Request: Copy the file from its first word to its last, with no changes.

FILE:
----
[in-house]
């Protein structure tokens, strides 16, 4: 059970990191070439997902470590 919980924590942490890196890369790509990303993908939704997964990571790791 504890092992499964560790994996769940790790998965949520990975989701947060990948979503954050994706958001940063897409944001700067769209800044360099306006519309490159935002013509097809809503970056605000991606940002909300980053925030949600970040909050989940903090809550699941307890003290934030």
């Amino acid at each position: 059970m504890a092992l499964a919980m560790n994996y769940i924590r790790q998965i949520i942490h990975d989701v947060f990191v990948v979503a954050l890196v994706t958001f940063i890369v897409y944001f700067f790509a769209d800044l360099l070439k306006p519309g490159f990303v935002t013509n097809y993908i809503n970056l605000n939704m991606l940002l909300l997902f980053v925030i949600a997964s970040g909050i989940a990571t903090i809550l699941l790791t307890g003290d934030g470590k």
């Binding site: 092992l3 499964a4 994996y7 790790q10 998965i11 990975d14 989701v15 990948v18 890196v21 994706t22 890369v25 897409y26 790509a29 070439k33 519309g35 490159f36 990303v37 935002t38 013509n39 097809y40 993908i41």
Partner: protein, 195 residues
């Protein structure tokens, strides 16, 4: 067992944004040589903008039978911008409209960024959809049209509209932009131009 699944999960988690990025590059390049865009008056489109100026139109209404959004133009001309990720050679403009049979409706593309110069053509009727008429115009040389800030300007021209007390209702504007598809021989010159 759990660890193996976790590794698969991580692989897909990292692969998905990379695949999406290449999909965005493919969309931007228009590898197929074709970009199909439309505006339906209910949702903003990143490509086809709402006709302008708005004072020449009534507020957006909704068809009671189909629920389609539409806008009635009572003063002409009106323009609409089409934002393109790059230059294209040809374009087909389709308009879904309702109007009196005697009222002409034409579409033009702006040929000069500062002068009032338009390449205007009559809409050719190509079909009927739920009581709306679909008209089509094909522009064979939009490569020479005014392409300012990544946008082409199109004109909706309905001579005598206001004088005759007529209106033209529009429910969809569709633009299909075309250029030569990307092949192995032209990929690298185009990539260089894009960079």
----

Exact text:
[in-house]
């Protein structure tokens, strides 16, 4: 059970990191070439997902470590 919980924590942490890196890369790509990303993908939704997964990571790791 504890092992499964560790994996769940790790998965949520990975989701947060990948979503954050994706958001940063897409944001700067769209800044360099306006519309490159935002013509097809809503970056605000991606940002909300980053925030949600970040909050989940903090809550699941307890003290934030």
């Amino acid at each position: 059970m504890a092992l499964a919980m560790n994996y769940i924590r790790q998965i949520i942490h990975d989701v947060f990191v990948v979503a954050l890196v994706t958001f940063i890369v897409y944001f700067f790509a769209d800044l360099l070439k306006p519309g490159f990303v935002t013509n097809y993908i809503n970056l605000n939704m991606l940002l909300l997902f980053v925030i949600a997964s970040g909050i989940a990571t903090i809550l699941l790791t307890g003290d934030g470590k």
């Binding site: 092992l3 499964a4 994996y7 790790q10 998965i11 990975d14 989701v15 990948v18 890196v21 994706t22 890369v25 897409y26 790509a29 070439k33 519309g35 490159f36 990303v37 935002t38 013509n39 097809y40 993908i41």
Partner: protein, 195 residues
């Protein structure tokens, strides 16, 4: 067992944004040589903008039978911008409209960024959809049209509209932009131009 699944999960988690990025590059390049865009008056489109100026139109209404959004133009001309990720050679403009049979409706593309110069053509009727008429115009040389800030300007021209007390209702504007598809021989010159 759990660890193996976790590794698969991580692989897909990292692969998905990379695949999406290449999909965005493919969309931007228009590898197929074709970009199909439309505006339906209910949702903003990143490509086809709402006709302008708005004072020449009534507020957006909704068809009671189909629920389609539409806008009635009572003063002409009106323009609409089409934002393109790059230059294209040809374009087909389709308009879904309702109007009196005697009222002409034409579409033009702006040929000069500062002068009032338009390449205007009559809409050719190509079909009927739920009581709306679909008209089509094909522009064979939009490569020479005014392409300012990544946008082409199109004109909706309905001579005598206001004088005759007529209106033209529009429910969809569709633009299909075309250029030569990307092949192995032209990929690298185009990539260089894009960079």